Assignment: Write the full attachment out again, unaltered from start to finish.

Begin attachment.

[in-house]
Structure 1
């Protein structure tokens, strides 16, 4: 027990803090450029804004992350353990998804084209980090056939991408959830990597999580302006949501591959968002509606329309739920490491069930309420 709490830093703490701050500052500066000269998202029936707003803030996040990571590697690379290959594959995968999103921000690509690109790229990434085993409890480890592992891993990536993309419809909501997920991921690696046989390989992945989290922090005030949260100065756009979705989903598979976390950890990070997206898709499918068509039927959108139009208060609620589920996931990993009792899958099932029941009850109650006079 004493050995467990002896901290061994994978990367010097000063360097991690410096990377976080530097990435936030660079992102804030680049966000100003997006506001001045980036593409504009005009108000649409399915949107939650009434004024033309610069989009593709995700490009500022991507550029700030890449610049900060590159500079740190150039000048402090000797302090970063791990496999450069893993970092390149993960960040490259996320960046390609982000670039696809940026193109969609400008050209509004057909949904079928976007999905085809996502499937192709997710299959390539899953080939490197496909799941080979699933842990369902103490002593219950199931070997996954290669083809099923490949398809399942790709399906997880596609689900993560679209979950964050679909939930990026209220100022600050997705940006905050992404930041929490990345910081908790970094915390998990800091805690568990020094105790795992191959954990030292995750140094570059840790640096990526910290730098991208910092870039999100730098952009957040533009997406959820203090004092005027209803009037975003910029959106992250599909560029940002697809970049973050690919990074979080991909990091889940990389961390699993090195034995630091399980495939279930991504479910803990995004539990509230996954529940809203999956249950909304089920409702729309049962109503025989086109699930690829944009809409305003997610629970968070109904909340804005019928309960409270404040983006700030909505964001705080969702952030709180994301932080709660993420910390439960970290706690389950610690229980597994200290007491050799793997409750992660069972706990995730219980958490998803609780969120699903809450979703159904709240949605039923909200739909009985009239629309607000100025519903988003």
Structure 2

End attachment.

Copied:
[in-house]
Structure 1
């Protein structure tokens, strides 16, 4: 027990803090450029804004992350353990998804084209980090056939991408959830990597999580302006949501591959968002509606329309739920490491069930309420 709490830093703490701050500052500066000269998202029936707003803030996040990571590697690379290959594959995968999103921000690509690109790229990434085993409890480890592992891993990536993309419809909501997920991921690696046989390989992945989290922090005030949260100065756009979705989903598979976390950890990070997206898709499918068509039927959108139009208060609620589920996931990993009792899958099932029941009850109650006079 004493050995467990002896901290061994994978990367010097000063360097991690410096990377976080530097990435936030660079992102804030680049966000100003997006506001001045980036593409504009005009108000649409399915949107939650009434004024033309610069989009593709995700490009500022991507550029700030890449610049900060590159500079740190150039000048402090000797302090970063791990496999450069893993970092390149993960960040490259996320960046390609982000670039696809940026193109969609400008050209509004057909949904079928976007999905085809996502499937192709997710299959390539899953080939490197496909799941080979699933842990369902103490002593219950199931070997996954290669083809099923490949398809399942790709399906997880596609689900993560679209979950964050679909939930990026209220100022600050997705940006905050992404930041929490990345910081908790970094915390998990800091805690568990020094105790795992191959954990030292995750140094570059840790640096990526910290730098991208910092870039999100730098952009957040533009997406959820203090004092005027209803009037975003910029959106992250599909560029940002697809970049973050690919990074979080991909990091889940990389961390699993090195034995630091399980495939279930991504479910803990995004539990509230996954529940809203999956249950909304089920409702729309049962109503025989086109699930690829944009809409305003997610629970968070109904909340804005019928309960409270404040983006700030909505964001705080969702952030709180994301932080709660993420910390439960970290706690389950610690229980597994200290007491050799793997409750992660069972706990995730219980958490998803609780969120699903809450979703159904709240949605039923909200739909009985009239629309607000100025519903988003």
Structure 2